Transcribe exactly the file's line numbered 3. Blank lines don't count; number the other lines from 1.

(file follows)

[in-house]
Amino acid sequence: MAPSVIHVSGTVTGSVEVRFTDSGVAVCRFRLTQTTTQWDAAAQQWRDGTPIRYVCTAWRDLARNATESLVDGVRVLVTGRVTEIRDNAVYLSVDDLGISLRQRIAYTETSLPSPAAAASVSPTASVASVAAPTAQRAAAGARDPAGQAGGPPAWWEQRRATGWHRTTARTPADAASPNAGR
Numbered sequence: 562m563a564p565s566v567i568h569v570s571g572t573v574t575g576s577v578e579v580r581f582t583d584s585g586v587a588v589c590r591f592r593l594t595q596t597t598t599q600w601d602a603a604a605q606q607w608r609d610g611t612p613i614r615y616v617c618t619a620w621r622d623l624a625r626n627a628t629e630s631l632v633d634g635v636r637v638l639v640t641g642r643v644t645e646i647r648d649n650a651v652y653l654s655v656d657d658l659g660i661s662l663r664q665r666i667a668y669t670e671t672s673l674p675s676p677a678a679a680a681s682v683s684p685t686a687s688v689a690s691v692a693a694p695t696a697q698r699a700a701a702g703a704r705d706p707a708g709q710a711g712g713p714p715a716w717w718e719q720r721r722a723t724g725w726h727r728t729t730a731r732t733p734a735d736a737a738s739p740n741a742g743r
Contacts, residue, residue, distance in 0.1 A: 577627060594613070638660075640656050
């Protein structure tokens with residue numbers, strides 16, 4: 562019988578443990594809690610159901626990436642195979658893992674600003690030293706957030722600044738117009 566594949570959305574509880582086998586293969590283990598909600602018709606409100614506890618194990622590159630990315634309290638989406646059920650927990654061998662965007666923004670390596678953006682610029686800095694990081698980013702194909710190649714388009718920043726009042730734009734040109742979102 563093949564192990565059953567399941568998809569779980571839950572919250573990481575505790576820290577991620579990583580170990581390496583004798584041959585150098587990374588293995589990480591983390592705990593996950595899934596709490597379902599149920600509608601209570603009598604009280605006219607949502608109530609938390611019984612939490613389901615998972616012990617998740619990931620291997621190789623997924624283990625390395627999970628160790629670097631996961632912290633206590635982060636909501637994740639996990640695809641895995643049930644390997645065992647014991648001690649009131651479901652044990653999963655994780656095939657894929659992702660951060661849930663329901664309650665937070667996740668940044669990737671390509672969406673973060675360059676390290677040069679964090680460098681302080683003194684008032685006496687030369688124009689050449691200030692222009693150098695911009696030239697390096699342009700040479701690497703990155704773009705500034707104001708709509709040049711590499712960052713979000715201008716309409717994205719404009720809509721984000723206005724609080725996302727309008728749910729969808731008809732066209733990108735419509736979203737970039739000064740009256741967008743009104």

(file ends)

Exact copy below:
Numbered sequence: 562m563a564p565s566v567i568h569v570s571g572t573v574t575g576s577v578e579v580r581f582t583d584s585g586v587a588v589c590r591f592r593l594t595q596t597t598t599q600w601d602a603a604a605q606q607w608r609d610g611t612p613i614r615y616v617c618t619a620w621r622d623l624a625r626n627a628t629e630s631l632v633d634g635v636r637v638l639v640t641g642r643v644t645e646i647r648d649n650a651v652y653l654s655v656d657d658l659g660i661s662l663r664q665r666i667a668y669t670e671t672s673l674p675s676p677a678a679a680a681s682v683s684p685t686a687s688v689a690s691v692a693a694p695t696a697q698r699a700a701a702g703a704r705d706p707a708g709q710a711g712g713p714p715a716w717w718e719q720r721r722a723t724g725w726h727r728t729t730a731r732t733p734a735d736a737a738s739p740n741a742g743r